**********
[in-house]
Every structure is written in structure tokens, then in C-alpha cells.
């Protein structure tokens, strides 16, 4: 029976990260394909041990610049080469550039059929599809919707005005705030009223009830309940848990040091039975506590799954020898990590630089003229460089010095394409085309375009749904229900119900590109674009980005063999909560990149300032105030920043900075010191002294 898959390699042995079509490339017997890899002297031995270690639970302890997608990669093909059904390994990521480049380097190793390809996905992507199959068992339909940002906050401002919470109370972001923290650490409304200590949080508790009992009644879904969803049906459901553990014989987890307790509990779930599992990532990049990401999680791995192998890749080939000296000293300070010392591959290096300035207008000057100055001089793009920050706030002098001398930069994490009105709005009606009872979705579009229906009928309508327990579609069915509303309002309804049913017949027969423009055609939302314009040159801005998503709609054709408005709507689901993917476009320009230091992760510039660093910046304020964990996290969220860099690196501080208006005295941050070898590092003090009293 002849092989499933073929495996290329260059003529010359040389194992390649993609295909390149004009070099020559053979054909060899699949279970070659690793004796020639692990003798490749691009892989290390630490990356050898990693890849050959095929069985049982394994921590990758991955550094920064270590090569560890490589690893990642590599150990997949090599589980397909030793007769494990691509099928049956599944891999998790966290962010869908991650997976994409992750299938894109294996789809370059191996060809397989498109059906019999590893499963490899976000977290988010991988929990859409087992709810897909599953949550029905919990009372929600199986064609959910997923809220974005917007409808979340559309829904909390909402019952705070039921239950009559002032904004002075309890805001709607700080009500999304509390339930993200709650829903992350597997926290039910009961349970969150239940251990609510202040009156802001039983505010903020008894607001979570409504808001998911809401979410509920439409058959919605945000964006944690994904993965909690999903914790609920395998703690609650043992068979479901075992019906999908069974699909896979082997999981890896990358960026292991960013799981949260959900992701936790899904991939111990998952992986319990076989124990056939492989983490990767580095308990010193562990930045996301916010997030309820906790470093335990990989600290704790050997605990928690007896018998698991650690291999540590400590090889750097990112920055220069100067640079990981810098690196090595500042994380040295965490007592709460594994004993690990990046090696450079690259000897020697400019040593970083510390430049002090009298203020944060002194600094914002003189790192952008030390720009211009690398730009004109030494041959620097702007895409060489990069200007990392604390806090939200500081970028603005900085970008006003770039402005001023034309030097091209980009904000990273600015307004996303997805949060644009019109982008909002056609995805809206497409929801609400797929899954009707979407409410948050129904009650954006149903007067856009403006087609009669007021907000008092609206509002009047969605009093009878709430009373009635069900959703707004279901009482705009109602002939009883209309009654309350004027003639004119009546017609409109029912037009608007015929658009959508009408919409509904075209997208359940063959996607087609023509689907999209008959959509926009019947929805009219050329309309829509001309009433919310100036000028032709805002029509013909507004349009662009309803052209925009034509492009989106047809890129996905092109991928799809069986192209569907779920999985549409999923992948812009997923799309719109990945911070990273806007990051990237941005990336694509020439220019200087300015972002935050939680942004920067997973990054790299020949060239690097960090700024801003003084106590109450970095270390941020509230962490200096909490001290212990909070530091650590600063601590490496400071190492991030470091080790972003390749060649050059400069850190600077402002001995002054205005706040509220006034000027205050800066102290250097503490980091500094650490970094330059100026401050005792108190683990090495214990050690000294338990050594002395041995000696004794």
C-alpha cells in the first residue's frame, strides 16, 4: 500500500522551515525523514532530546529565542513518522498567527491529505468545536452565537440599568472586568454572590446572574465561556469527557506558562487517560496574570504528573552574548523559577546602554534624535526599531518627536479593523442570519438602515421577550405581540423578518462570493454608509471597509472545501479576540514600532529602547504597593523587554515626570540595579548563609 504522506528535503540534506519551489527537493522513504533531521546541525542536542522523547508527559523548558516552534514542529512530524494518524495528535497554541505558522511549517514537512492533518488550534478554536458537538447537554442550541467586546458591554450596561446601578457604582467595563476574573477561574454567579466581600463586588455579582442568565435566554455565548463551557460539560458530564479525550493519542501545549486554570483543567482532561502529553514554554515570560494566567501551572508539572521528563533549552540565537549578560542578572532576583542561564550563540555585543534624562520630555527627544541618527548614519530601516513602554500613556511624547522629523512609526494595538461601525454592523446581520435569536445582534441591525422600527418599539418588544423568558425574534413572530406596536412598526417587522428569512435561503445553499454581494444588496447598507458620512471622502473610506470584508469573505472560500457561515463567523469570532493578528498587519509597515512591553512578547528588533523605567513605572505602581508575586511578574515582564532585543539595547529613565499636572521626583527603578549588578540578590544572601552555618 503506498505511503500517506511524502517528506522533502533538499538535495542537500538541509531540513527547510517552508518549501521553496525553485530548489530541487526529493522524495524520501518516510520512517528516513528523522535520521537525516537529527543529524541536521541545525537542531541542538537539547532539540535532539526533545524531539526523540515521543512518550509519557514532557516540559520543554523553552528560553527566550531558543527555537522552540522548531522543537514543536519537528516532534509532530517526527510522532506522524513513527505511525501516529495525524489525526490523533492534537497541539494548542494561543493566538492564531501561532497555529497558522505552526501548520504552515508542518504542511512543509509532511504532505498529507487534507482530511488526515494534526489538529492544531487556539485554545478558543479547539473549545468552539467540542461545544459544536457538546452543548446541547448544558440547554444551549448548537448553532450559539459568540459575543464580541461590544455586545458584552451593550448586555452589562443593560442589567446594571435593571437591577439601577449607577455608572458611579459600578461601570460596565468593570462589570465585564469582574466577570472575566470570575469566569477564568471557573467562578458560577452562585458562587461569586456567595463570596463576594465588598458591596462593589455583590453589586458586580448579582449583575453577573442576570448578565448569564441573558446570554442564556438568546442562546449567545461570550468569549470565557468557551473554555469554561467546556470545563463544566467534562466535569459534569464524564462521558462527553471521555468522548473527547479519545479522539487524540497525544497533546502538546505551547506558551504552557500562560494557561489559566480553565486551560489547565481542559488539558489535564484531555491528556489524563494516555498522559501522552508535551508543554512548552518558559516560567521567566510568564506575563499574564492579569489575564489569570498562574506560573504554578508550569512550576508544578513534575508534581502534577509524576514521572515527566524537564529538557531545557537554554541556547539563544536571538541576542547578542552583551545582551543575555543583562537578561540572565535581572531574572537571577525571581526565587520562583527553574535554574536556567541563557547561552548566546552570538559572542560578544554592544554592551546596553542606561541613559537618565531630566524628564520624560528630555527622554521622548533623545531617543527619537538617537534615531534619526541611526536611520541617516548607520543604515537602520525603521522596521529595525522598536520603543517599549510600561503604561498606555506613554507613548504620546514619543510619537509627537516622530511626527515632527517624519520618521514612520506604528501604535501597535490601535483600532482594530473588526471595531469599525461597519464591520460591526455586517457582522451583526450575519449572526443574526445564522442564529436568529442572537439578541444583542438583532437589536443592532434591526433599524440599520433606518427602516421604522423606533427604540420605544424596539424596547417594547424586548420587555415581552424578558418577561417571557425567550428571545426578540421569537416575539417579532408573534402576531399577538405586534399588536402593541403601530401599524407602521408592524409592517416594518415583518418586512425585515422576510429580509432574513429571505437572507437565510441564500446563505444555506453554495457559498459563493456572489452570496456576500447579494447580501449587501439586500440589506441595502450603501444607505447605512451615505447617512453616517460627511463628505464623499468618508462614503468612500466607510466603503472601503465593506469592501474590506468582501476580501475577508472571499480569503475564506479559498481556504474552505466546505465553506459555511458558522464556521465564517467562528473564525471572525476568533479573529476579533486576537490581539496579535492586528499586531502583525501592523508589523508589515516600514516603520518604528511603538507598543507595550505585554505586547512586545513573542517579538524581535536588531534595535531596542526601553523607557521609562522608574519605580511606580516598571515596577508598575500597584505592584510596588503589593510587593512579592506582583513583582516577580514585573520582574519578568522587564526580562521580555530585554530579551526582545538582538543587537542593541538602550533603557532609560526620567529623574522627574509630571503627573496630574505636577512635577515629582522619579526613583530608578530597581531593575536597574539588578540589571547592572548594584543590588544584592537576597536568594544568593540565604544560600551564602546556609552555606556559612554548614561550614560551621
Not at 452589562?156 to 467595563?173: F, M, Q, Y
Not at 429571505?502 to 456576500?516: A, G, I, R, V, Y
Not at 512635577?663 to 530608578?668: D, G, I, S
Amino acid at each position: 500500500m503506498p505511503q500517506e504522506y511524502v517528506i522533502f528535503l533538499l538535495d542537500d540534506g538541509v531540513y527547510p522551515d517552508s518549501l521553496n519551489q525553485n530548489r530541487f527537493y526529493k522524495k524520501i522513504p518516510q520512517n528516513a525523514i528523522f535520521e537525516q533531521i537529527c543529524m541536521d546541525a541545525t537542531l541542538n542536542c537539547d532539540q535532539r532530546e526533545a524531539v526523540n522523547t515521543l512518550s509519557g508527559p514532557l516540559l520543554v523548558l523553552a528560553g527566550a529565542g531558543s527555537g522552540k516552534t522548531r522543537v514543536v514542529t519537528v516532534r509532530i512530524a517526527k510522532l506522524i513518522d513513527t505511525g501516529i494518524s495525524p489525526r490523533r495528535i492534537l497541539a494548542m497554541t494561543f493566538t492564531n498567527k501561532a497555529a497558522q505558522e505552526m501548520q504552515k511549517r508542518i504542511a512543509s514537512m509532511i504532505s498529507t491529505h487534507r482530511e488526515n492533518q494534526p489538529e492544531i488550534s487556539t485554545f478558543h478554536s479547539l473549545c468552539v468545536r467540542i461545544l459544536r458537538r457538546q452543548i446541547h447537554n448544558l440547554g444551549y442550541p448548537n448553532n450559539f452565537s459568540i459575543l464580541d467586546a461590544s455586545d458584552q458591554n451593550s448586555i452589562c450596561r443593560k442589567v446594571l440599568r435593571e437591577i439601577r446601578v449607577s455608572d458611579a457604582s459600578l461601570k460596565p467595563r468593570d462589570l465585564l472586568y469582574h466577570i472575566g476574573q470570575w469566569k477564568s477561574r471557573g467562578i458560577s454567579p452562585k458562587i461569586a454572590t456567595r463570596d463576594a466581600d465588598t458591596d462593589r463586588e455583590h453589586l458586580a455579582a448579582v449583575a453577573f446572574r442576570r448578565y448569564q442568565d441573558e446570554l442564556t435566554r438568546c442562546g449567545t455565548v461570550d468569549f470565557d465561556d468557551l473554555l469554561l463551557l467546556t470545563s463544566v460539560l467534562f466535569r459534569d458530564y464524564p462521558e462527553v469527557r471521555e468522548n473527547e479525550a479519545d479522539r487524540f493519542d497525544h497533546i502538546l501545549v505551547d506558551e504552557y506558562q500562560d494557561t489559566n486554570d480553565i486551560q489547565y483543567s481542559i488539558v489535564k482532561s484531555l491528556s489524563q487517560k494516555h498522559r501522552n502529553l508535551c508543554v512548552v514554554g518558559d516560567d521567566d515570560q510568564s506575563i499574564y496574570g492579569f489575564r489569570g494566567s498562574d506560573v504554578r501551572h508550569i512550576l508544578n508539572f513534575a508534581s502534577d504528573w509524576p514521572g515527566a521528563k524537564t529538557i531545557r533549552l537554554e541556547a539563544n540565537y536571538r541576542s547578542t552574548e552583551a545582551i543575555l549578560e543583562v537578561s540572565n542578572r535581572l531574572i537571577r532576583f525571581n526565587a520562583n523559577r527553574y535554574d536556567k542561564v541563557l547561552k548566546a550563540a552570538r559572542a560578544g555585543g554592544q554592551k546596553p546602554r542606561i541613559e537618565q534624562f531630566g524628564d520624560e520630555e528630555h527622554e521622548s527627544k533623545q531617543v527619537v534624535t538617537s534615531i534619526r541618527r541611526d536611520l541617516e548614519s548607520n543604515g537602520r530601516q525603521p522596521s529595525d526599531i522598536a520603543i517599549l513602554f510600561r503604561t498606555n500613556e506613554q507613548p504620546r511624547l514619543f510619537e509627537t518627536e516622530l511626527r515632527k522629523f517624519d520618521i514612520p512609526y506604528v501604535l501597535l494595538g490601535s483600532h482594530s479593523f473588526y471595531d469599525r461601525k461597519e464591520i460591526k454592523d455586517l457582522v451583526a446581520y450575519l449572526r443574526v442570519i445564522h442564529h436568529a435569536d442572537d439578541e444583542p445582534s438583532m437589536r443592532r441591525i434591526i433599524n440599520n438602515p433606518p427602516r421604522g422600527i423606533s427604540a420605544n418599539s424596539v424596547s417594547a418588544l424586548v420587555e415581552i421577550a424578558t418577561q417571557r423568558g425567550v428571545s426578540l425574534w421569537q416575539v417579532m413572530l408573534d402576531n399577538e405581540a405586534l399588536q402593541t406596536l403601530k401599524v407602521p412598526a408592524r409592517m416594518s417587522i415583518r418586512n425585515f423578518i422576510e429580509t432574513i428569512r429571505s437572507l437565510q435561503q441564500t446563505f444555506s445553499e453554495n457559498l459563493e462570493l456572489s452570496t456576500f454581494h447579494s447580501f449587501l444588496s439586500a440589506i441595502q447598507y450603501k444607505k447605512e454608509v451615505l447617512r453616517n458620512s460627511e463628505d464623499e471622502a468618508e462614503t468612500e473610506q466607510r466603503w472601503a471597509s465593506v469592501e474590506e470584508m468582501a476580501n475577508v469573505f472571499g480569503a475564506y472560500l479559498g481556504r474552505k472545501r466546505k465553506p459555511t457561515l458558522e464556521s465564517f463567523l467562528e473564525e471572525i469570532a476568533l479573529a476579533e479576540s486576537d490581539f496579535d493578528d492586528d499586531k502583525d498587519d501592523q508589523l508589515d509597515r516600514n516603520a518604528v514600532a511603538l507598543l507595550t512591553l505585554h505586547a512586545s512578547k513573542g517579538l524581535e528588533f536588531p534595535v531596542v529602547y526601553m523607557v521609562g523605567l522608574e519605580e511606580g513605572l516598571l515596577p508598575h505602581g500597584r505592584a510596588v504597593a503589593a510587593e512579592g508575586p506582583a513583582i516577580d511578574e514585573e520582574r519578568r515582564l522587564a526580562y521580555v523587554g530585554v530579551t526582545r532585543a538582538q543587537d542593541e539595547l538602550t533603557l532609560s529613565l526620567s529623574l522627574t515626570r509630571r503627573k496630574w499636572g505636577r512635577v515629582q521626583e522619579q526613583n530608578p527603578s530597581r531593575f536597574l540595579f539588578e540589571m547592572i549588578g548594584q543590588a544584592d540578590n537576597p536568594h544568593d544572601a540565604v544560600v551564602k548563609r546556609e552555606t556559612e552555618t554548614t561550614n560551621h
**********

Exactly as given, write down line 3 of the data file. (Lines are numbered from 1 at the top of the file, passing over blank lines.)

């Protein structure tokens, strides 16, 4: 029976990260394909041990610049080469550039059929599809919707005005705030009223009830309940848990040091039975506590799954020898990590630089003229460089010095394409085309375009749904229900119900590109674009980005063999909560990149300032105030920043900075010191002294 898959390699042995079509490339017997890899002297031995270690639970302890997608990669093909059904390994990521480049380097190793390809996905992507199959068992339909940002906050401002919470109370972001923290650490409304200590949080508790009992009644879904969803049906459901553990014989987890307790509990779930599992990532990049990401999680791995192998890749080939000296000293300070010392591959290096300035207008000057100055001089793009920050706030002098001398930069994490009105709005009606009872979705579009229906009928309508327990579609069915509303309002309804049913017949027969423009055609939302314009040159801005998503709609054709408005709507689901993917476009320009230091992760510039660093910046304020964990996290969220860099690196501080208006005295941050070898590092003090009293 002849092989499933073929495996290329260059003529010359040389194992390649993609295909390149004009070099020559053979054909060899699949279970070659690793004796020639692990003798490749691009892989290390630490990356050898990693890849050959095929069985049982394994921590990758991955550094920064270590090569560890490589690893990642590599150990997949090599589980397909030793007769494990691509099928049956599944891999998790966290962010869908991650997976994409992750299938894109294996789809370059191996060809397989498109059906019999590893499963490899976000977290988010991988929990859409087992709810897909599953949550029905919990009372929600199986064609959910997923809220974005917007409808979340559309829904909390909402019952705070039921239950009559002032904004002075309890805001709607700080009500999304509390339930993200709650829903992350597997926290039910009961349970969150239940251990609510202040009156802001039983505010903020008894607001979570409504808001998911809401979410509920439409058959919605945000964006944690994904993965909690999903914790609920395998703690609650043992068979479901075992019906999908069974699909896979082997999981890896990358960026292991960013799981949260959900992701936790899904991939111990998952992986319990076989124990056939492989983490990767580095308990010193562990930045996301916010997030309820906790470093335990990989600290704790050997605990928690007896018998698991650690291999540590400590090889750097990112920055220069100067640079990981810098690196090595500042994380040295965490007592709460594994004993690990990046090696450079690259000897020697400019040593970083510390430049002090009298203020944060002194600094914002003189790192952008030390720009211009690398730009004109030494041959620097702007895409060489990069200007990392604390806090939200500081970028603005900085970008006003770039402005001023034309030097091209980009904000990273600015307004996303997805949060644009019109982008909002056609995805809206497409929801609400797929899954009707979407409410948050129904009650954006149903007067856009403006087609009669007021907000008092609206509002009047969605009093009878709430009373009635069900959703707004279901009482705009109602002939009883209309009654309350004027003639004119009546017609409109029912037009608007015929658009959508009408919409509904075209997208359940063959996607087609023509689907999209008959959509926009019947929805009219050329309309829509001309009433919310100036000028032709805002029509013909507004349009662009309803052209925009034509492009989106047809890129996905092109991928799809069986192209569907779920999985549409999923992948812009997923799309719109990945911070990273806007990051990237941005990336694509020439220019200087300015972002935050939680942004920067997973990054790299020949060239690097960090700024801003003084106590109450970095270390941020509230962490200096909490001290212990909070530091650590600063601590490496400071190492991030470091080790972003390749060649050059400069850190600077402002001995002054205005706040509220006034000027205050800066102290250097503490980091500094650490970094330059100026401050005792108190683990090495214990050690000294338990050594002395041995000696004794």